Stacy London: And what are the roles, let's say, of estrogen and progesterone? Like we know that we start to lose them in menopause, right? Or, or, you know, there's a more drastic drop in estrogen, I guess, and progesterone is a little bit. slower if I understand that correctly. Um, but what does that mean for our brain having to go on for another 30 years without those hormones or at least those hormones in a much smaller, um, degree than we had them before?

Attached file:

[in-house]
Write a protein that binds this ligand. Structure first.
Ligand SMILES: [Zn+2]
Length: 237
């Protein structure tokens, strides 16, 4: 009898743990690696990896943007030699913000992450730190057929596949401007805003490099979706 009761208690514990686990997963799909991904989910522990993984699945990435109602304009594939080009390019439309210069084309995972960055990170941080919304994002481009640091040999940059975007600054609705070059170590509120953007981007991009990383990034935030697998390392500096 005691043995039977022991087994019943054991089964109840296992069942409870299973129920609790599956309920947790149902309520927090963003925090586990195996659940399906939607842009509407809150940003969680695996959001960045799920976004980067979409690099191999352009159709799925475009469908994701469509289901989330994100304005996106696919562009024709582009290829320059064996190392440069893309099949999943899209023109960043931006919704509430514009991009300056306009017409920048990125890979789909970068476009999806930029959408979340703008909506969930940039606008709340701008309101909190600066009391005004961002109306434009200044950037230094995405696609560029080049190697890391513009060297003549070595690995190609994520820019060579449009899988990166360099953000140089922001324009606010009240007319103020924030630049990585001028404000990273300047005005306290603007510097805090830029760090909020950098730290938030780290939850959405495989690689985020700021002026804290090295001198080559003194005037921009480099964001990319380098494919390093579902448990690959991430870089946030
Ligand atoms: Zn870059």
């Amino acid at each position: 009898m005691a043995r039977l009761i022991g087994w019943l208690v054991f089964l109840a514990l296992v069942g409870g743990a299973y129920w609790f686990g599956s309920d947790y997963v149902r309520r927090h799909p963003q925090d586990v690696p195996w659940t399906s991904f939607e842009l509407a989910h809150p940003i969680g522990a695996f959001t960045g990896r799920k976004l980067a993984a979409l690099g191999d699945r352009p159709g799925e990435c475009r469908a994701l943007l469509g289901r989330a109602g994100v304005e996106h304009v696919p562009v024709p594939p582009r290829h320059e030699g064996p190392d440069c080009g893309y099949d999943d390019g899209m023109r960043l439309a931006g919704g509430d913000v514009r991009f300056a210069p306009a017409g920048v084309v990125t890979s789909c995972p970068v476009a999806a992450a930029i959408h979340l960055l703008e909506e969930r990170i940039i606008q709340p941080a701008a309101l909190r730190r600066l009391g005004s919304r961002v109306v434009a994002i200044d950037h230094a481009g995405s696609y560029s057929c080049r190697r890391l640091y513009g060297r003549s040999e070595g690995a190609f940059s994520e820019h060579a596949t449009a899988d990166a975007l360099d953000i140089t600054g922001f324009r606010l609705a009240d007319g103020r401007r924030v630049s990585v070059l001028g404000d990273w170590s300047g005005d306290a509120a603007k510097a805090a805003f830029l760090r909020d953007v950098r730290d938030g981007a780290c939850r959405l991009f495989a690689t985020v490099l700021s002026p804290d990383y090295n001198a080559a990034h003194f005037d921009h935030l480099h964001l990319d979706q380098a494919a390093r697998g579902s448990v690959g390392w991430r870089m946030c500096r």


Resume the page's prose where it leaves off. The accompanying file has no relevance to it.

Lisa Mosconi: Yeah, it means that the brain needs to adapt and needs to make adjustments to lead to the neurologically active state, which means that at least we believe that the brain is rewiring itself. in a way that is conducive to a non reproductive stage of life, which I find sublime. So I'll tell you what my personal interpretation is. So women or individuals with two X chromosomes and or, and a female in quotes, reproductive systems at the minimum with ovaries. Yes. Two X chromosomes and or ovaries are also born with a brain that is deeply connected with those ovaries and to the XX chromosomes and other genes obviously as well via a neuroendocrine system. So this is a whole system that connects specific parts of the brain, external parts of the hypothalamus. It's a very important part of the brain, and I'm going to go back to the half flashes because of the hypothalamus. But it connects the structure to the ovaries, to the system that is present at birth, but is effectively activated at puberty, then gets over activated at pregnancy, every time a woman is pregnant, and then is transcribed.At least partially turned off after menopause. So if you think about it in this way, that menopause is no longer some alien thing you've never seen before. It's not something weird that's happening to you, that's hijacking your brain. You've actually seen some of the symptoms and changes before in your life. In puberty, which may be a little while ago, but certainly, uh, Any woman who's ever been pregnant had a little bit of a preview of what men can be, right? So what happens in puberty and pregnancy is that even though you have a ton of hormones going all over your body, your brain actually shrinks and you lose neurons. And these lost neurons are supposed to be what triggers the symptoms that can happen in any of these transition states. I call the three P's, puberty, pregnancy, perimenopause. So you lose your brain, you lose your neurons. Why? For two good reasons. The first one is that you don't need to have all those neurons. Right? At some point, you have learned so much in your life, that certain things become automatic. You just do them on autopilot. So the brain doesn't need to hold all that stuff, because it's very metabolically expensive.